Russian Imperial Stout (V: Wort Production)


This is the fifth article in this series on Russian imperial stouts

Russian imperial stouts are big beers. The BJCP gives the range of original gravities (OGs) as 1.075–1.115. In practice, most commercial examples fall in the lower half of that range. When it comes to wort production, you have several options.

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Russian Imperial Stout (All-Grain Recipe)

Char_T-34This is a recipe for a Russian imperial stout, to go along with my series on Russian imperial stout. There is also an extract-based recipe for this beer.

This is an all-grain brew that will require a long brew day. The large grain bill will be fully sparged, to yield 12 gallons (45 L) of wort, and boiled down to 5 gallons (19 L). This will take over 4 hours. Given that this is a big beer with lots of hops, there is also a settling stage after the boil, in order to increase the yield of clear wort from the kettle. (You can skip this if you have a way to filter your wort, such as a hop jack.)

Optimally, you should have a 15-gallon (~60-L) kettle with a burner capable of evaporating 1.5 gallons (5.7 L) per hour. However, alternate instructions for brewers with a 10-gallon (~40 L) kettle are also given.

One twist in this recipe is that a portion of dark malt is withheld and only stirred into the upper part of the mash near the end. This will make lautering easier. It may also help the mash fall into the proper pH range more easily. If you don’t want to bother with this, you can simply mash all the grains together.

T-34 Stout

Russian Imperial Stout

All-grain; English units



A big (9.6% ABV), roasty, hoppy stout. This ale is very flavorful and full-bodied, but attenuated enough that it is not too sweet.

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Barleywine (V:All-Grain Wort Production)


There are several options for making a barleywine

Once an all-grain brewer has decided on the malts to use in his or her barleywine, the next thing to consider is the method of wort production. (I covered extract wort production earlier.) Depending on the method you use, you may have to alter your recipe from an initial recipe based on your normal extract efficiency.



Your goal in wort production is produce a wort at the correct OG and volume, and with a fermentability that can range from middle-of-the-road to fairly high. Hitting your target OG will be easier if you review the elements that contribute to extract efficiency. Crushing the malt finely enough, stirring and performing a mash out all help in this respect. And of course, your method of wort production is also going to influence your extract efficiency based on how much wort you collect from the grain bed.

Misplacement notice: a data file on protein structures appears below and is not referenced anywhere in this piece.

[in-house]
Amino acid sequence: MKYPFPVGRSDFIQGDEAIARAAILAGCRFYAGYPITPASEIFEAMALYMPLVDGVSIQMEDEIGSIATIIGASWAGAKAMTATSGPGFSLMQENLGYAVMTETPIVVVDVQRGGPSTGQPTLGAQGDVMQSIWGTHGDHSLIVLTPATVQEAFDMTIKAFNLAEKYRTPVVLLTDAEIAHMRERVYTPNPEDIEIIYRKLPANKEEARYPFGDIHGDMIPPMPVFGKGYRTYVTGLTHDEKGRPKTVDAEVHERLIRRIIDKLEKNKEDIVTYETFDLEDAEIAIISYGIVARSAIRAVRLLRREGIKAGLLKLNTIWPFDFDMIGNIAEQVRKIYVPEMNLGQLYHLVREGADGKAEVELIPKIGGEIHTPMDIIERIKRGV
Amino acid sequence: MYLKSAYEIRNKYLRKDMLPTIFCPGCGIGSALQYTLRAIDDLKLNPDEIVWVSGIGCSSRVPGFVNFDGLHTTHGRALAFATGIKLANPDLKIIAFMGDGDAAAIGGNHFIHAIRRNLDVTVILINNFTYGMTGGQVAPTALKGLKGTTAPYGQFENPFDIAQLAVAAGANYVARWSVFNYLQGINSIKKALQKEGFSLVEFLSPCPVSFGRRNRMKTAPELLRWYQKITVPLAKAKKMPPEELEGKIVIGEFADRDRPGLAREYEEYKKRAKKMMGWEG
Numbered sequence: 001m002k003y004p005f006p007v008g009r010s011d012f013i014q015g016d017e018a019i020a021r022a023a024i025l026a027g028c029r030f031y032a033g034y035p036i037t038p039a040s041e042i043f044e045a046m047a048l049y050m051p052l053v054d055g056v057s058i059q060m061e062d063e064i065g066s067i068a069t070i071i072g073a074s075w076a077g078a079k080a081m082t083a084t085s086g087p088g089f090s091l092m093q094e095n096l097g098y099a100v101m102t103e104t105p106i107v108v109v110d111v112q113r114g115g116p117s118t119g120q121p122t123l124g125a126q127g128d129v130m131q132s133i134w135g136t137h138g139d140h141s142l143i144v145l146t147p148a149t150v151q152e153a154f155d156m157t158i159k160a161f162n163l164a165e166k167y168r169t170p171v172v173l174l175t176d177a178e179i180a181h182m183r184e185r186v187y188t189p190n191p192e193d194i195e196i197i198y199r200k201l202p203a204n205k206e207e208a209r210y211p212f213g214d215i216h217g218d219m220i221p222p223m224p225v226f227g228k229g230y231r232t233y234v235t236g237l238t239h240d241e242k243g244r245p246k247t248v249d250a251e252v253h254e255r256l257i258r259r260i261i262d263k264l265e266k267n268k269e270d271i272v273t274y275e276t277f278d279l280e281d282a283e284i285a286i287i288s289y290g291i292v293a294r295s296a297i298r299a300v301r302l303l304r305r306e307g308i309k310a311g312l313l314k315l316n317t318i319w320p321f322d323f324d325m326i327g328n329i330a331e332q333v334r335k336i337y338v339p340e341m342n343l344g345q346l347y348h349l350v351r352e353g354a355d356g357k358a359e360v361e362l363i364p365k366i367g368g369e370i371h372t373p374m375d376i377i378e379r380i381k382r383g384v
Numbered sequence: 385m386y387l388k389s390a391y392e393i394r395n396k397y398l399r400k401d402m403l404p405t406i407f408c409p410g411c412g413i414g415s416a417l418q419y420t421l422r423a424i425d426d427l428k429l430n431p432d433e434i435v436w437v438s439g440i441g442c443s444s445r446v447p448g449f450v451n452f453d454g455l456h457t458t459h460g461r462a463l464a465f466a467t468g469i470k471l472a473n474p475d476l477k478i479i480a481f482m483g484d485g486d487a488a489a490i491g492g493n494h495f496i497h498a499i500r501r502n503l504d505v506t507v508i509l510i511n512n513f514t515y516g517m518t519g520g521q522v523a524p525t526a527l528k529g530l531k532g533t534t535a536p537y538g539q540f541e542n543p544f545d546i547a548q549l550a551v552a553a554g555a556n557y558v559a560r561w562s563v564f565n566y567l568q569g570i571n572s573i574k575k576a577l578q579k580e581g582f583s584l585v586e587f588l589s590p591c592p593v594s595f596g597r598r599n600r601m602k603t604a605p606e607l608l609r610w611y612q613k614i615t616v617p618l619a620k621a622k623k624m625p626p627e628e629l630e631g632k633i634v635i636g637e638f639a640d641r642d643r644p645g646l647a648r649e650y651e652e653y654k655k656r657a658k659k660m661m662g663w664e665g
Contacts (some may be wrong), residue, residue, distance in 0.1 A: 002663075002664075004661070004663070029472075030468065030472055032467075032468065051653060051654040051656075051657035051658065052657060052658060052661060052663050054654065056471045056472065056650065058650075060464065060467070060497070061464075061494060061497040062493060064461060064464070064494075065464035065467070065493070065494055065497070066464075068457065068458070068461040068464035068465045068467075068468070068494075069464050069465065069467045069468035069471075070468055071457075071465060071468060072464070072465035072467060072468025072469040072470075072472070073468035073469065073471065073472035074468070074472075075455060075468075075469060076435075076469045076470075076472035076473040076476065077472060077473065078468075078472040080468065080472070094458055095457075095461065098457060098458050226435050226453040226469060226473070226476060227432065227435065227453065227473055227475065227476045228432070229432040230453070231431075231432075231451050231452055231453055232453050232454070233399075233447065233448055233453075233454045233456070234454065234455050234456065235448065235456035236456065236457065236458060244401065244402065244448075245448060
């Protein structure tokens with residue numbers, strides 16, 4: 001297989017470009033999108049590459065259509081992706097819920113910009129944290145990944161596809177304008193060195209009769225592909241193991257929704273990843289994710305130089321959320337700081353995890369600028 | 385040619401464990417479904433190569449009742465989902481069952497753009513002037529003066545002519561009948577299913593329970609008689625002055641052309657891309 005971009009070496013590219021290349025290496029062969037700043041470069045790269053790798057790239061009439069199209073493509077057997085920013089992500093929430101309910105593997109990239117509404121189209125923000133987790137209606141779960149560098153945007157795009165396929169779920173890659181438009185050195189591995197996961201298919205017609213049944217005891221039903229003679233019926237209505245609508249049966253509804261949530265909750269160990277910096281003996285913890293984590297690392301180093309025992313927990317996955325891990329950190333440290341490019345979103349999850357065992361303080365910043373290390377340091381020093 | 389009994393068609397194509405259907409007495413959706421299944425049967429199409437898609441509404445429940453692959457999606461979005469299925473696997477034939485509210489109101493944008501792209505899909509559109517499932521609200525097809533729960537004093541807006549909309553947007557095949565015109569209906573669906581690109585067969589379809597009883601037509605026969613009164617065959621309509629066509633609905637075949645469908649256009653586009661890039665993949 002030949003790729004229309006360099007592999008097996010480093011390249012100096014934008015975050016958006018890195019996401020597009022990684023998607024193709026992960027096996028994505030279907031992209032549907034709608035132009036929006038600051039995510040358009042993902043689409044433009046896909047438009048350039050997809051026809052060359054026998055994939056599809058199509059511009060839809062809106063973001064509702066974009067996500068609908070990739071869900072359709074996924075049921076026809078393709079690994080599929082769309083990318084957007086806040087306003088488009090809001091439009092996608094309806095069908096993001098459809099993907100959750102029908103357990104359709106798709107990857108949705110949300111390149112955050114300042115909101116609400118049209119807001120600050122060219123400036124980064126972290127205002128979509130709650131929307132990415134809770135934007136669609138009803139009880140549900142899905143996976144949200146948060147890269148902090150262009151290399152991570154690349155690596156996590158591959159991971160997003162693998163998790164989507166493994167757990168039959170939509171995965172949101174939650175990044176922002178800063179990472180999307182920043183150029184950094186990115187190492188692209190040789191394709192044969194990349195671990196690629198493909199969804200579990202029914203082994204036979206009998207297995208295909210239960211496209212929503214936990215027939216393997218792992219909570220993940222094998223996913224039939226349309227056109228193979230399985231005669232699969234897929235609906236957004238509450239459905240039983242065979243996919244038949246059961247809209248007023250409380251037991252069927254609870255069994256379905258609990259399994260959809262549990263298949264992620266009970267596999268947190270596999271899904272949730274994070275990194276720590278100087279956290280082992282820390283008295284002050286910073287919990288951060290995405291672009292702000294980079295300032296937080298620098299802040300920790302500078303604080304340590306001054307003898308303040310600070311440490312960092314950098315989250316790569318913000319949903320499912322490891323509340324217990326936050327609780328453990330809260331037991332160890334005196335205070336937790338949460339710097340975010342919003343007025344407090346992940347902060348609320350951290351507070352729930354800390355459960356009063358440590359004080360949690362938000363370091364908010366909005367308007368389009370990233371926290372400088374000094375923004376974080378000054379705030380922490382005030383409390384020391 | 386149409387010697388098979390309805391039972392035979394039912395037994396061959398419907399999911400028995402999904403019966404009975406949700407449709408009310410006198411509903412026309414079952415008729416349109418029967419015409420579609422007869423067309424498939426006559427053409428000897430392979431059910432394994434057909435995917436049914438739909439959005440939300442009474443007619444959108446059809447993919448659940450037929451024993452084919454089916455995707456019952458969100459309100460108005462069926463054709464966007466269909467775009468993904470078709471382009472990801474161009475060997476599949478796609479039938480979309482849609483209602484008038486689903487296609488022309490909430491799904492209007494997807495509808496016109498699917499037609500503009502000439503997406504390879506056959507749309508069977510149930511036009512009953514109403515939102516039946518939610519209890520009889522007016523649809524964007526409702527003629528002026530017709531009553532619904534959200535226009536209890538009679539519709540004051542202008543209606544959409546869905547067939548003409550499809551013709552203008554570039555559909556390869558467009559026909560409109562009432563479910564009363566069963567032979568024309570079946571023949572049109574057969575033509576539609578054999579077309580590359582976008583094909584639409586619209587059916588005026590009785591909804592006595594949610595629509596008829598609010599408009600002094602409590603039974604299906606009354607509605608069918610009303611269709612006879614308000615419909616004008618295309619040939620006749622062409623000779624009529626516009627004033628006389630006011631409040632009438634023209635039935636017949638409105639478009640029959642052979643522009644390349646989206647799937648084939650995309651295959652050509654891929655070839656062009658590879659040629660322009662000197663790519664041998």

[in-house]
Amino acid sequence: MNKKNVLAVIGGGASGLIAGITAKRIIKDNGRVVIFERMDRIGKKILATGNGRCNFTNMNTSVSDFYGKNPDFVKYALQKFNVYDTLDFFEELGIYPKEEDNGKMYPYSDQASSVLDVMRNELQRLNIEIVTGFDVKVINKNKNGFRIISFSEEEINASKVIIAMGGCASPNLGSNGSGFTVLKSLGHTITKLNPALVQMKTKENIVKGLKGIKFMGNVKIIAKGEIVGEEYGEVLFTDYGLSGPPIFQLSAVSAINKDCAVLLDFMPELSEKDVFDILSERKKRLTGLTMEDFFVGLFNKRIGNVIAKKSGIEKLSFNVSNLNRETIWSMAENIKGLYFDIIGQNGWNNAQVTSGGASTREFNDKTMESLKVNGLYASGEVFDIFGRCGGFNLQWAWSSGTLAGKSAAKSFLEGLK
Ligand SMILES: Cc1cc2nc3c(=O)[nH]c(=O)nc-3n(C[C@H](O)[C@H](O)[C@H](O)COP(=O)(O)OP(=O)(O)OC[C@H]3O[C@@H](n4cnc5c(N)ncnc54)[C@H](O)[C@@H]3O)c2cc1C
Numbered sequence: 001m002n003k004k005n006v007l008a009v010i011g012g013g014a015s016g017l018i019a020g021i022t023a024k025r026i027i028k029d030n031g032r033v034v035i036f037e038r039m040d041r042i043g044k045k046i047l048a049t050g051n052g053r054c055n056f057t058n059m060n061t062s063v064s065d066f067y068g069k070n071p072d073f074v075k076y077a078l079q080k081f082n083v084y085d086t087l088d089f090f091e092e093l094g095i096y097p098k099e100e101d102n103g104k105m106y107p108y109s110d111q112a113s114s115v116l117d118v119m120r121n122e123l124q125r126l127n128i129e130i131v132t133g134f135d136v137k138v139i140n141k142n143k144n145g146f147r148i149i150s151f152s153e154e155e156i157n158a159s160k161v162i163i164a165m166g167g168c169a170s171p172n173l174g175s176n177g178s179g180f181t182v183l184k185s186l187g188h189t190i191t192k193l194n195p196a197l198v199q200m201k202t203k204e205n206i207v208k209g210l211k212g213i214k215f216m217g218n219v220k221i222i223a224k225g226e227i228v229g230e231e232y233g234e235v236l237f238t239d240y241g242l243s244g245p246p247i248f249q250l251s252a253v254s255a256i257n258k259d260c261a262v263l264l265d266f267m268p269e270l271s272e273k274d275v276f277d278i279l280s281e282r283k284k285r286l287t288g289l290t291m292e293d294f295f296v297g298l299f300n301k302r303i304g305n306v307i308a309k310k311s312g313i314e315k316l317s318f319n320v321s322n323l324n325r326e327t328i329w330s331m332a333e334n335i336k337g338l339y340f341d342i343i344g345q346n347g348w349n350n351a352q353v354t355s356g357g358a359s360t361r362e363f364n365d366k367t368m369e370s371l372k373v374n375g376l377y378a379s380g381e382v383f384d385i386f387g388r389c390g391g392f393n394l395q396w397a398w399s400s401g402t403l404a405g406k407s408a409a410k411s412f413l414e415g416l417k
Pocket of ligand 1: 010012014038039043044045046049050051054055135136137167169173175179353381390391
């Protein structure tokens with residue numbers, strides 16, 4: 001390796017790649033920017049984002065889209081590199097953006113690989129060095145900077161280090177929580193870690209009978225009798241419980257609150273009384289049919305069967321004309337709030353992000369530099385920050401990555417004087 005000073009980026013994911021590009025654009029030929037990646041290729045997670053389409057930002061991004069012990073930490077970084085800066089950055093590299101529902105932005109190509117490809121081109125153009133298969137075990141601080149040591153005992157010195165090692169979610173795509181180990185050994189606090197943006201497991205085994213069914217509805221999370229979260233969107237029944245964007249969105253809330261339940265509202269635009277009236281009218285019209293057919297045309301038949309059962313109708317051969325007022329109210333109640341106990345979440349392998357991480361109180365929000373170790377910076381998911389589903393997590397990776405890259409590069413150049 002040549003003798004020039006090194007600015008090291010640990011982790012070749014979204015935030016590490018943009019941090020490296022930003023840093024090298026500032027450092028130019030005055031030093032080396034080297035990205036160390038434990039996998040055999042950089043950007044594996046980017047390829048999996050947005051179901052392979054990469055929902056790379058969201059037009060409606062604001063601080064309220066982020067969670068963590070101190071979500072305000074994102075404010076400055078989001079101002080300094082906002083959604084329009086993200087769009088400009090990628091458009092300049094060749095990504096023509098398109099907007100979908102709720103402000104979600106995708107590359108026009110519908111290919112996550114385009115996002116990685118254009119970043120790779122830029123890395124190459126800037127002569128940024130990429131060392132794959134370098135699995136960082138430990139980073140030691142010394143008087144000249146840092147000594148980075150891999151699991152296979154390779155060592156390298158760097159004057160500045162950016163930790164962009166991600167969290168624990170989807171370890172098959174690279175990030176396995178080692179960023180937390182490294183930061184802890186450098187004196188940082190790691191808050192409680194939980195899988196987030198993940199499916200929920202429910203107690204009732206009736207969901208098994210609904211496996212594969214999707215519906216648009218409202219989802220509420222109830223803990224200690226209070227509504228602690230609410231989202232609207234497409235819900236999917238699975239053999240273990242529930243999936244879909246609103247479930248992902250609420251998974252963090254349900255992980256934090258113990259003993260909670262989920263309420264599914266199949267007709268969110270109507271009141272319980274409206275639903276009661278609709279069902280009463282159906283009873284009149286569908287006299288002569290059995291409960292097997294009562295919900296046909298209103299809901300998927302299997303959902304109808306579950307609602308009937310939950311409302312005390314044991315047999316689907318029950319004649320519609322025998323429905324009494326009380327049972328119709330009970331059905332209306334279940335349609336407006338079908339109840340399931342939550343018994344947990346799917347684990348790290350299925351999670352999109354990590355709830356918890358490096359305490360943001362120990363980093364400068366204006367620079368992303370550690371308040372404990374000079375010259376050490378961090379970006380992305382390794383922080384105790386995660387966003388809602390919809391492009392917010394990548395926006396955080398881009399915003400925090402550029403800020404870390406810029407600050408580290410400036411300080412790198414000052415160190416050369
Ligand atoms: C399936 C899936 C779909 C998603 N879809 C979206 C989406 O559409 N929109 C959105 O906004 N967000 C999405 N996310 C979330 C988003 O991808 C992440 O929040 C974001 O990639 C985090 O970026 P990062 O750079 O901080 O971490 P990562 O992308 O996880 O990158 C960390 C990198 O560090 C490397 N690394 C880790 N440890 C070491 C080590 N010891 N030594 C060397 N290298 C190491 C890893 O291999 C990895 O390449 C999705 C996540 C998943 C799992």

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Briggs-Haldane Barleywine

512px-Michaelis-Menten_saturation_curve_of_an_enzyme_reaction_LARGE.svgHere’s the all-grain formulation of Briggs-Haldane Barleywine. The wort for this barleywine is made by fully sparging the grain bed, and employing an extended boil to evaporate the excess water. You’ll need at least a 10-gallon (~40-L) kettle, but a 15-gallon (~60-L) kettle would be better. You only need about 7 gallons (26 L) of mash tun space, though. The long boil should darken the wort somewhat, and you can monitor how much color the boil develops, if you wish (see the options in the recipe). Remember that the long boil concentrates everything in the wort, not just the sugars. For that reason, don’t go overboard on mineral additions to your brewing liquor (water used to brew the beer with). Options for both continuous sparging and batch sparging are given.

Don’t even think about not making the appropriately-sized yeast starter. This yeast strain will flocculate out early if underpitched, leaving a sticky-sweet mess of a beer. Pitched at the proper rate, it will ferment like a trooper.

Briggs-Haldane is an English-style barleywine with a complex malt character. It’s made with a blend of English pale ale malt and Munich malt, which gives it a rich, malty character. A little bit of wheat malt and a tiny amount of biscuit malt add some bready and cracker-like notes. The beer is not sweet, and it isn’t loaded with the strong caramel flavors found in some English barleywines. The beer is full-bodied, though, and this and the complex malt character is balanced by the hop bitterness (46 IBUs). The hop aroma is of “earthy” Fuggles hops. At 7.5% ABV, this is not the strongest English-style barleywine ever — but it really is flavorful and nicely balanced.

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